My brother, Baron, and I, walked to the ridge opposite, and headed up. Around 20 minutes in, Baron was on track. He kept coming back to get us, as he seems to do a lot nowadays on larger, or feisty boar. We climbed down into a ravine after him, then back up the other side. Another 100 meters and we reached an area overgrown with thin bamboo stalks. You can't see a meter in front of you in this stuff. Baron went through it a few times, but nothing, so we walk through it. On the other side, there was a slope planted with low palms. Every time I see these in the mountains, a little drumroll now plays in my head. The boar love laying up in them, and today, this guy decided to hide out in there. My brother heard Baron's single bark, and as we moved toward the spot, Baron came running out to get us. I whispered 'yoshi' again, and he went back in, and started baying.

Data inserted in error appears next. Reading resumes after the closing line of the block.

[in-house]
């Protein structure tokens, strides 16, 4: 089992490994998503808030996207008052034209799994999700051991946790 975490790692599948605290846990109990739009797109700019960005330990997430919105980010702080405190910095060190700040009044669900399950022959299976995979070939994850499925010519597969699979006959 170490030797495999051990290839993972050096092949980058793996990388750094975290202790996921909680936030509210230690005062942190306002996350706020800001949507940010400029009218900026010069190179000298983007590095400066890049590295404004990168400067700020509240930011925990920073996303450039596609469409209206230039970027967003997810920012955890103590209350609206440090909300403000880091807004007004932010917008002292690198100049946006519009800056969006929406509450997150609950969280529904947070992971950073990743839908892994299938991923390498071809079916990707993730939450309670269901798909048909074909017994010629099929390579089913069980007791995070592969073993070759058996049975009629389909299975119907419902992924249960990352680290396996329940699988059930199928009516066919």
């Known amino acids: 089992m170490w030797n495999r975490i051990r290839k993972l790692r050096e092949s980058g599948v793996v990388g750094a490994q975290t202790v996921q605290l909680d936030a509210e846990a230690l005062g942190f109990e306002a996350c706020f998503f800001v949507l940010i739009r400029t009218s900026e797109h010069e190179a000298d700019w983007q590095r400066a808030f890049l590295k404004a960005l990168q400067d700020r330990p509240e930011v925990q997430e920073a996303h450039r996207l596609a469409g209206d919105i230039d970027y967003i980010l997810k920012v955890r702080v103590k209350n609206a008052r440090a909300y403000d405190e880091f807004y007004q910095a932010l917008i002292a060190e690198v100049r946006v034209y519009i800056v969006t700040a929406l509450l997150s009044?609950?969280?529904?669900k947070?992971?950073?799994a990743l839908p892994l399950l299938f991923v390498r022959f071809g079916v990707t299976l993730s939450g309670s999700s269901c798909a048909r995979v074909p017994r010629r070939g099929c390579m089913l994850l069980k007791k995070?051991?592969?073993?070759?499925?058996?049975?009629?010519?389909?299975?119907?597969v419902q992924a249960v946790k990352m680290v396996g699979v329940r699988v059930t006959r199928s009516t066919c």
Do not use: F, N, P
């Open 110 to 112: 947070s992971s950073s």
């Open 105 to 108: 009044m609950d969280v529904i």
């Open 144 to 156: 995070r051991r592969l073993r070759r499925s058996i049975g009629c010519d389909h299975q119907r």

I handed my iPhone to my brother to get some video (someone slap me please), and moved closer. Baron got charged, and he ran out the side opposite where we were, then looped back around to me. Another 'yoshi' and he went back, getting charged immediately and then a yelp. Baron came back out with a bloody mouth. Of course my brother missed filming all of this, haha. It seems like Baron couldn't get out of the way fast enough, and he and the boar ended up biting each other head on. Baron was pissed off and kept running in and out looking for the boar, and I was looking for him as well, but it was gone. Baron was bleeding, but wouldn't stop for us to take a look, and he got on the boars track and took off. He went around 600 meters before coming back. By that time the bleeding had stopped, and a look in his mouth showed a little lip and tongue damage. Looked as if though he might have accidentally done the damage to himself. Anyway, Baron's first injury on boar, but it didn't require any medical attention.